By Daniel Steeves, Partner at HBVP Prime Advantage, Director at Beyond Solutions
It is easy to drown in big data articles, let alone the numbers that they quote: companies counting customer transactions in the millions (or more) per day, websites with literally billions of photos and videos, not to mention 3000 tweets per second! We are inundated with broad brush information but, like the data being written about, the relevance to you and your business is not so clear… it is your data, not big data, that matters but even that has limited relevance until you know what you want to do with it.
Big data is coming to a cloud near you
Data is of course aggregating at an amazing rate but this is nothing new… it’s clearly been happening for quite some time. What has changed is that, as that data piles up, awareness of the potential value within it is increasing. Combined with advances in technology and the delivery of that technology, storage and access costs are drastically reduced which creates opportunities to derive information, intelligence and insights from that data (in many cases, an asset you already own!).
So, a simple definition with some necessary technical undertones: to simplify the vast detaiIs and myriad references on the subject at Wikipedia, I define the point where data becomes “big data” as when you have too much of it to manage, search, manipulate and process using conventional database systems (and / or it no longer suits your database architecture and capabilities).
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The four primary issues that contribute to this definition are volume (too much of it), velocity (it moves, changes or aggregates too quickly for you to fully take advantage of it), variety (structured, unstructured, multimedia, internal and external sources) and veracity (how much can you trust the info you are deriving and how are contradictions managed).
Now even if your data doesn’t “qualify” as big data by the above definition, that in itself doesn’t mean that your data can’t add value (or that you won’t have similar issues as you try to manage, search, manipulate and process it).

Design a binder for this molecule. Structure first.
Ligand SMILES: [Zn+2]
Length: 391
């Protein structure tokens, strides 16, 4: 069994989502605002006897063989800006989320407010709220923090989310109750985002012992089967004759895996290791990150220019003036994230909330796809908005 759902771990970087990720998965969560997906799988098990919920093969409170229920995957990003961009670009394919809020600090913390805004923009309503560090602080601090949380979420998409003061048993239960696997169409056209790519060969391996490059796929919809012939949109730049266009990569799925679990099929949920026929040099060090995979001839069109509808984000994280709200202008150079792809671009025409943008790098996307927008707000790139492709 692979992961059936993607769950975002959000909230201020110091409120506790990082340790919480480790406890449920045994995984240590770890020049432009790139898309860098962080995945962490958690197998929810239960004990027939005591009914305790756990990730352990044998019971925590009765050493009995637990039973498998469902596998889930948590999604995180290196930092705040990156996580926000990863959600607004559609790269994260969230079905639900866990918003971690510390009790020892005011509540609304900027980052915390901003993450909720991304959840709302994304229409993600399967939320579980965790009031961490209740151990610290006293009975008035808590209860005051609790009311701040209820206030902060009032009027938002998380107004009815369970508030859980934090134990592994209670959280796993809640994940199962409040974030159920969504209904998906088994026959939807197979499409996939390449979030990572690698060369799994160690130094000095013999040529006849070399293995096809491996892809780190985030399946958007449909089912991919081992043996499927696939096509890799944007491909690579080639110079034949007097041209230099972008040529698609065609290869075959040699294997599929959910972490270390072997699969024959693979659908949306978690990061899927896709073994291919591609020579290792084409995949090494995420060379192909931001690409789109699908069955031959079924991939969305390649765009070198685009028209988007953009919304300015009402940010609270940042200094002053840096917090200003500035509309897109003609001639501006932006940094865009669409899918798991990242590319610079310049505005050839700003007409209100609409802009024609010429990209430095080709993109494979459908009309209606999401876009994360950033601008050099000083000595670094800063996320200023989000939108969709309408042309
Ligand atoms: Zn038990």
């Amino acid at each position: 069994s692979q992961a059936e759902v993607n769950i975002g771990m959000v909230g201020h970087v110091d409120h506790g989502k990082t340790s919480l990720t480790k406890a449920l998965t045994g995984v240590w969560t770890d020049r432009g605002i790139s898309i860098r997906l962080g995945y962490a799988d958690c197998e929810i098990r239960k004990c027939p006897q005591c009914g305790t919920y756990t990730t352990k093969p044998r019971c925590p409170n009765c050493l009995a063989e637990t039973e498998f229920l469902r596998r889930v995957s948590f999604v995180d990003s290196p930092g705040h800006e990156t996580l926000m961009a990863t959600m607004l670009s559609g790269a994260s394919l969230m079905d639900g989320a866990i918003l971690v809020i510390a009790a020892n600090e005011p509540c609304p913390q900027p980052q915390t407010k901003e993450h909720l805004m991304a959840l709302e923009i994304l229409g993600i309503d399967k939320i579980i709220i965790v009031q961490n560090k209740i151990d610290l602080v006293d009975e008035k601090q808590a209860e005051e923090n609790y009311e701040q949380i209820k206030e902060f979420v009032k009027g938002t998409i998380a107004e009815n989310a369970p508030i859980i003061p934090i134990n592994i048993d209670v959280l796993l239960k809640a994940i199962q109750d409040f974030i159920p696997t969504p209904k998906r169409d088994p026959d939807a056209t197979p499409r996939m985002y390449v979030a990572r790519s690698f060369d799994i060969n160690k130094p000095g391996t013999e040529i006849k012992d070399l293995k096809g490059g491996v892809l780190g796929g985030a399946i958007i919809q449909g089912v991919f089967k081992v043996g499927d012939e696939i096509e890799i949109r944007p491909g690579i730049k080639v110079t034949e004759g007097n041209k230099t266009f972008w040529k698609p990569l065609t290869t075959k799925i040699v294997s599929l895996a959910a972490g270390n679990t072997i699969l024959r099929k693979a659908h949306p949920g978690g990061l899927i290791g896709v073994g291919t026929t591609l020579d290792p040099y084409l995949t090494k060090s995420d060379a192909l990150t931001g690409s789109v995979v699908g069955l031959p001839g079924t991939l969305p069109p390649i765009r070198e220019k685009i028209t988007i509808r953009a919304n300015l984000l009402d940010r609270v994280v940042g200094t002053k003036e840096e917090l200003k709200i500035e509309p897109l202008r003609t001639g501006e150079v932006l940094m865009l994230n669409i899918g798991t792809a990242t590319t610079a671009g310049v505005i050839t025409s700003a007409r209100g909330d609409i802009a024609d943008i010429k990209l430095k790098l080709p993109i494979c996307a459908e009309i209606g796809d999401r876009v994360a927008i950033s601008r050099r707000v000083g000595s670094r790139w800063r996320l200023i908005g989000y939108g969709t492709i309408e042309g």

So, the first suggestion is to move on and talk instead about your data, big or small… the data which you have or to which you could arrange or purchase access.
The second, even more important suggestion is to get a clear idea about what you’d like to (try to) achieve before you start spending all that time, effort and money: there are clever, structured approaches that you should be taking to determine target outcomes, not to mention which will help define budgets and determine timeframes (otherwise how will you know when you’ve succeeded… or not?).
Looking at data this way is different… the data from a purchase at a till was once a record of the transaction only (date, time, stuff purchased, location, payment method) whereas that same customer data can be aggregated and analysed to either target individual consumer preferences (you buy cat food every week: here is a coupon) or to support multi-level forecasts for sales and purchasing decisions.
In a manner similar to how DNA has allowed forensic examiners to reopen criminal investigations, data can let us look back and better understand, with more information and better context, a more precise answer of just how we arrived “where we are”. And if know what happened when, and how, we can see about learning from it to either prevent it from happening again, or to repeat it (depending of course on what IT was).
So, talking big data, or just plain data, is little different from all of the other tech discussions because data itself is not technology: it is a by-product of technology which in some cases can be used to create value.
The Impact, The Future
One thing is clear: analytical and maths education and experience will keep you employed: Big data has increased the demand of information management specialists: the usual suspects, for example, Software AG, Oracle Corporation, IBM, Microsoft, SAP, HP and EMC have spent more than $15 billion acquiring software firms only specializing in data management and analytics. On its own, this piece of the industry worth more than $100 billion and growing at almost 10 percent a year which is about twice as fast as the software business as a whole.
Get in touch at email@example.com if you’d like a chat on big data, your data and your business (and where we now provide a new Sounding Board service).